Chemotherapy for Retinoblastoma
Worldwide, chemotherapy is the most common non-surgical therapy for retinoblastoma.
Treatment is directed by a medical or paediatric oncologist (cancer doctor), in collaboration with an ophthalmologist (eye doctor).
How Chemotherapy Is Given
Chemotherapy for retinoblastoma is given in several ways.
Intravenous (IV): also called “systemeic chemotherapy“, cancer-fighting medications are delivered into the bloodstream via an IV cannula in the arm or hand, or through a central venous catheter. This is the most common form of chemotherapy for retinoblastoma, and the focus of this section.
Intra-Artertial (IAC): infused directly into the eye via the ophthalmic artery, reached by a catheter inserted into the femoral artery. Used to treat medium to large sized intra-ocular retinoblastoma when there is no risk that tumour can spread outside the eye.
Intravitreal (IViC): injected directly into the fluid middle of the eye to treat vitreous seeds (fragments of cancerous cells that break off the main tumour and float into the fluid). Used in combination with other treatments, injections begin only after the main tumour producing the seeds is controlled.
Periocular: delivered directly to the tissues or space surrounding the eye, used in combination with other therapies to treat medium and large tumours that are not at risk to escape the eye.
Intrathecal (IT): injected into the cerebrospinal fluid (fluid bathing the brain and spine), circumventing the blood-brain barrier. Used to treat trilateral retinoblastoma and when cancer has spread from the eye to the brain.
Oral (PO): taken by mouth in liquid, capsule or tablet form, and absorbed into the blood through the lining of the stomach and intestines. This form of chemotherapy is sometimes used in palliative care for retinoblastoma.
This section focuses on intravenous chemotherapy. To learn more about the other forms of chemotherapy, click the links above.
When Intravenous Chemotherapy Is Used
Chemotherapy is usually prescribed:
- for eye-salvage when both eyes are affected, there is no risk of cancer escaping the eye and some vision may be saved.
- after enucleation when pathology finds clear evidence that cancer has escaped the eye
- before or after enucleation when tests (MRI, CT, lumbar puncture or bone marrow aspirate) show cancer has spread beyond the eye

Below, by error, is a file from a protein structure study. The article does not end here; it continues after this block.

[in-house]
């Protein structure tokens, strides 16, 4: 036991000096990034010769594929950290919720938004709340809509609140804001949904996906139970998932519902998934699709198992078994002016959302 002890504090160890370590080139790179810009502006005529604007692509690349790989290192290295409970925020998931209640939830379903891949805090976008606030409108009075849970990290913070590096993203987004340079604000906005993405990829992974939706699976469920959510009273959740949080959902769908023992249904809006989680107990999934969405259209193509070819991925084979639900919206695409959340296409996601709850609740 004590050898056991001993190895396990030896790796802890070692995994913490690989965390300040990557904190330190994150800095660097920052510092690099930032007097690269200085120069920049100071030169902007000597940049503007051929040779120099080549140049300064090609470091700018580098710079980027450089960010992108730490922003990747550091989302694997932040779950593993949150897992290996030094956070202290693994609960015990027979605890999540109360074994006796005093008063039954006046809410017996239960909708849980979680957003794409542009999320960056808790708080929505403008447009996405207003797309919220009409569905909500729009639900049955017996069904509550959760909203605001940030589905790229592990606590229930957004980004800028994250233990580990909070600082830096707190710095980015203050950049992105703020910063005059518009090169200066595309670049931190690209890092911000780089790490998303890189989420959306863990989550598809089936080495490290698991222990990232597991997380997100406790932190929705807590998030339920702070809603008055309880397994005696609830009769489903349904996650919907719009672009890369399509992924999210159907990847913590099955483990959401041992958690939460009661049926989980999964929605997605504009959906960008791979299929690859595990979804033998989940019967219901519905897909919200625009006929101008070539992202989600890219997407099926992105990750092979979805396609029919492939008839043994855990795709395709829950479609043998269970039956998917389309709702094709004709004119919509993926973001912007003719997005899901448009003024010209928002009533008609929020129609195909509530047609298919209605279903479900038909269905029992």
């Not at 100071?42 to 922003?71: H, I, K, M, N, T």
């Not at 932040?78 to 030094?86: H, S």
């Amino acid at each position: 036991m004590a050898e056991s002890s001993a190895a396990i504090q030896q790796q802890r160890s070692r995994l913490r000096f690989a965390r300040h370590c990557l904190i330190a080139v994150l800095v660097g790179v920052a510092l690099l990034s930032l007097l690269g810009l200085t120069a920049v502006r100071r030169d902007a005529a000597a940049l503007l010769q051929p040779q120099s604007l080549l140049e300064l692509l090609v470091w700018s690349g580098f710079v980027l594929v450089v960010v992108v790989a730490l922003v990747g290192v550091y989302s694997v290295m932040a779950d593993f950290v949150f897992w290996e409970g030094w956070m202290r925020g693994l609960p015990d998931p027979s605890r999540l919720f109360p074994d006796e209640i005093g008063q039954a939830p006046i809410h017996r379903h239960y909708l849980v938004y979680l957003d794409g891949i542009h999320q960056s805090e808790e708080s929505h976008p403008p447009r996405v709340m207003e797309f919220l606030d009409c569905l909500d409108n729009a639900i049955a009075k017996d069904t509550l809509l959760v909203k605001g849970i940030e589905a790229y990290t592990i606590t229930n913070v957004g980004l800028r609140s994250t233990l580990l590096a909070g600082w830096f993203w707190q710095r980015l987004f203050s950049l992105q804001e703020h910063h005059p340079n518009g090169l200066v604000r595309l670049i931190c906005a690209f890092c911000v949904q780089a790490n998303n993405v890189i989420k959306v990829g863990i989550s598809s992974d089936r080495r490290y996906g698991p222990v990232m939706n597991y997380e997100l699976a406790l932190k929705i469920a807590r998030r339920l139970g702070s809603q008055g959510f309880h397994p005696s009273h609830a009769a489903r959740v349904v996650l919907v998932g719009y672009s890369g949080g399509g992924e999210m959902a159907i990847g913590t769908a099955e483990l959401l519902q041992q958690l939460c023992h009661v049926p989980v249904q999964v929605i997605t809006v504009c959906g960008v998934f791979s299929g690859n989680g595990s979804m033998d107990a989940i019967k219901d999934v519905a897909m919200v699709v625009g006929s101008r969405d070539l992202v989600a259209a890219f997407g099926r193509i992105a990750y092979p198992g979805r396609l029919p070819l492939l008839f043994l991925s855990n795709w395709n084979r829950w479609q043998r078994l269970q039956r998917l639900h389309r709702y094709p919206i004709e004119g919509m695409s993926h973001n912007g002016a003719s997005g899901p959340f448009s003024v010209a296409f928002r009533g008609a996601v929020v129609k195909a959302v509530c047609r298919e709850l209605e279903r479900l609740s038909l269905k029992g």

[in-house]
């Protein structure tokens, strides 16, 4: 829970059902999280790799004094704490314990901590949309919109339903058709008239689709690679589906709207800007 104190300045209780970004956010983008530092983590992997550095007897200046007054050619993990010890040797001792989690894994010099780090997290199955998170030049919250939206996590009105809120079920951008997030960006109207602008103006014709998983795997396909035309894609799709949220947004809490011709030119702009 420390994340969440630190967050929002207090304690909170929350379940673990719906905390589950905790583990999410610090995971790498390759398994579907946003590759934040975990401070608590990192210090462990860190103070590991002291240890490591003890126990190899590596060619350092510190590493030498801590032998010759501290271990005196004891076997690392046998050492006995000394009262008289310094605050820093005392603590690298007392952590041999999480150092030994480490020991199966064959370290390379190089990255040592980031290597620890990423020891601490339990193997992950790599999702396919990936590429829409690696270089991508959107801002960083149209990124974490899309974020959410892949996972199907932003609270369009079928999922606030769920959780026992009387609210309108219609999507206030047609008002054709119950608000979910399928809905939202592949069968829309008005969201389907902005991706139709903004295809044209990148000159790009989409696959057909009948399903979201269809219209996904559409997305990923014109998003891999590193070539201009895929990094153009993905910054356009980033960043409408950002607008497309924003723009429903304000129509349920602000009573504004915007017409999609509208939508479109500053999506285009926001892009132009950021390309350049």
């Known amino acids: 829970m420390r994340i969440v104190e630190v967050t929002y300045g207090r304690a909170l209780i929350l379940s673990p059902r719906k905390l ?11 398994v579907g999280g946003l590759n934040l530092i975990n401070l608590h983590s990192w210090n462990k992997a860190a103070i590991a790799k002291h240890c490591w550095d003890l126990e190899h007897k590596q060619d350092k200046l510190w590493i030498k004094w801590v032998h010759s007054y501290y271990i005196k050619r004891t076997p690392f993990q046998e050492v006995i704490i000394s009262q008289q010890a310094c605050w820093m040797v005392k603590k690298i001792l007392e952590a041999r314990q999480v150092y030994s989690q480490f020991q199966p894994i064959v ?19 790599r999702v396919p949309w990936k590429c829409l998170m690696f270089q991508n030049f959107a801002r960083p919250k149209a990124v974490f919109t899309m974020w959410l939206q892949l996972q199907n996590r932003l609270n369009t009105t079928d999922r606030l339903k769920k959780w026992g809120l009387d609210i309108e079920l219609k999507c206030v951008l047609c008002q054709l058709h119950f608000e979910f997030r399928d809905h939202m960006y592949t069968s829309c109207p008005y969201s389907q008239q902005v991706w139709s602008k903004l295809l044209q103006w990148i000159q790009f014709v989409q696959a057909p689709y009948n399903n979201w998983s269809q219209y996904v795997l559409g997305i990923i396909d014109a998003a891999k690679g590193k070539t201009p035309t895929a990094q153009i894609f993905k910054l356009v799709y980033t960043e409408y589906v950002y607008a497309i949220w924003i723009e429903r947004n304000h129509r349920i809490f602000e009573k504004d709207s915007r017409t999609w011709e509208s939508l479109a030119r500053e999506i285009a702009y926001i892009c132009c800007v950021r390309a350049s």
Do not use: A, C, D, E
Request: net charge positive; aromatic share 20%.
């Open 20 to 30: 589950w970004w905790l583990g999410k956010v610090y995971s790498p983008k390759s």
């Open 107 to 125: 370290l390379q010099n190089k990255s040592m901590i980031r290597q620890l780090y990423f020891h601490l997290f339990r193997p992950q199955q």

- before or after enucleation when the eyeball is bulging or ruptured
- when the child has trilateral retinoblastoma
- to manage pain and minimize symptoms when the child is dying
In eye salvage treatment, chemotherapy shrinks tumours so they can be eradicated with focal therapies. Chemotherapy is sometimes used for unilateral retinoblastoma when tumours are small with a good chance of preserving useful vision in the eye.
Length of Treatment
A course of intravenous chemotherapy involves a number of cycles. For retinoblastoma, a cycle is usually 2 – 3 days of treatment and a ‘rest’ period of 3 – 4 weeks that allows the body to recover from the effects of the drugs.
The number of cycles will depend on your child’s protocol, the reasons for treatment, how well your child is, and how the tumour(s) respond. Doctors will constantly check tumour response and your child’s health with EUAs, MRI scans, blood tests and other investigations.
Most children receive 4-6 cycles of intravenous chemotherapy. Children with trilateral retinoblastoma or retinoblastoma that has spread to other parts of the body may receive more than a year of chemotherapy.
Chemotherapy damages a cells’ ability to grow or reproduce. As cancer cells multiply rapidly, they are more susceptible than healthy cells. However, rapidly dividing healthy cells can also be damaged, causing side effects.
Vulnerable healthy cells include those found in the bone marrow, hair follicles, mouth, stomach, intestines and skin. Fortunately, they recover quickly so side effects are usually temporary.
The most serious side effect is suppression of the bone marrow, which ms blood cells. Decreased production of red and white blood cells and platelets can cause serious complications such as infection and bleeding. Blood tests will be done regularly during treatment to monitor the health of your child’s bone marrow, and provide early treatment if needed.